OPSIS 2021 Attendees Gallery Image

PharmD students from Ontario’s two pharmacy schools took part in the annual Ontario Pharmacy Student Integrative Summit (OPSIS) last month to discuss the future of the profession through debate, competition and education.

Students from the Leslie Dan Faculty of Pharmacy (LDFP) and Waterloo Pharmacy organized and attended the virtual event, and this year’s conference theme — ‘Expanding the Horizon’ — carried special meaning for the organizers.

“We decided to use the theme from last year’s OPSIS that was regrettably cancelled due to COVID-19,” says Fabian Cretu, an OPSIS 2021 planning committee member and third-year LDFP PharmD student. “It was important for our committee to carry on the torch, and recognize all the hard work that went into last year’s conference that didn’t come to pass.”

The summit offers students more than an opportunity to put their clinical skills to the test — it provides a chance to meet and socialize with future colleagues from other schools. This year’s virtual format encouraged planners to build a social environment into the organizing process for the event, which traditionally runs in Niagara Falls.

“Making sure our peers felt engaged was really important to the planning team,” said Samantha Cesario, OPSIS 2021 planning committee member and third-year LDFP PharmD student. “We made a point of scheduling a games night and icebreaker events to make sure the social element wasn’t lost. We really wanted students to feel like they weren’t just sitting behind a screen, but constantly interacting with others.”

Pharmacy looking forward

Global events of the past year impacted OPSIS 2021 in more ways than just a venue change: issues of social justice and the ongoing pandemic weighed on the minds of attendees, and encouraged discussions on how pharmacy can move forward to address these problems.

“We really wanted to focus on what pharmacy should look like moving forward, so we invited speakers who could present on topics that relate to current concerns,” says Cretu.

This included a presentation from Pharmasave on opening a pharmacy in the post-pandemic world, as well as talks from University of Alberta Pharmacy’s Dr. Ravina Sanghera on dermatological assessments in skin of colour, and LDFP’s Dr. Zubin Austin on the importance of interprofessional teams in delivering patient care.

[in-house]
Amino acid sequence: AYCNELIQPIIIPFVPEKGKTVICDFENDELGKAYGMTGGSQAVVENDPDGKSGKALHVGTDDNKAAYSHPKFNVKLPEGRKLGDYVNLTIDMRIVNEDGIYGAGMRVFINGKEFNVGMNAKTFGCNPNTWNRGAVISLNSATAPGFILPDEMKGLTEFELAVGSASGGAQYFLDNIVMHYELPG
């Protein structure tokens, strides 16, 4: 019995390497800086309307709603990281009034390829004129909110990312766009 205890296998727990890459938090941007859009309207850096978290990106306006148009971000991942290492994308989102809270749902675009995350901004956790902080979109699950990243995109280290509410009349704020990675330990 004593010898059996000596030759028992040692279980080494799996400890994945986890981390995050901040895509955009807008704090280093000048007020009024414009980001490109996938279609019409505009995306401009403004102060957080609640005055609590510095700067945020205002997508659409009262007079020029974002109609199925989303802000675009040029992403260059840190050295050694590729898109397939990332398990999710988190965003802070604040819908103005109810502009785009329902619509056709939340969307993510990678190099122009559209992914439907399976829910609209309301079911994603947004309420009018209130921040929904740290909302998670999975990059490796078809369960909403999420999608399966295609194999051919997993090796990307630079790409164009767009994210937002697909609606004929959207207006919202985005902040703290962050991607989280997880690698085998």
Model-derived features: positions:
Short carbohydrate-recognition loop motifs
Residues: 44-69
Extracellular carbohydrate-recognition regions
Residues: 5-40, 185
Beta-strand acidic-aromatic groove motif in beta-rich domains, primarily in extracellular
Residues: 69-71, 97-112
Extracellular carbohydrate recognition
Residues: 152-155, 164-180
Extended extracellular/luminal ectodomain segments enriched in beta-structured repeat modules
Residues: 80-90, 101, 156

In addition to keynote presentations, students participated in a series of case competitions and debates intended to test their clinical skills and challenge pre-conceived opinions. Cretu and Cesario say the case studies this year were challenging, but were proud to see students work together seamlessly to develop such detailed care plans.

“We were especially impressed by how convincing some of the debate arguments were,” says Cesario. “For some of the topics, the planning team thought it would be difficult to debate one side over the other, like in the case of whether universal pharmacare would be good for pharmacy, but we were so surprised how much the debates changed pre-conceived opinions.”

For both the planning committee and participating students, OPSIS is the one opportunity for future Ontario pharmacists to meet and get to know one another.

“Having the opportunity to meet and interact with your future colleagues is really important,” says Cesario. “We may attend different universities, but soon we’ll be pharmacists working alongside one another. Even though this year’s conference was virtual, we’re happy we didn’t miss out on the opportunity to build new professional relationships.”

OPSIS 2021 was supported in part by donors through the Shaping Student Life and Learning (SSLL) fund. Help support future educational initiatives for our students by giving today.


By: Steve Southon

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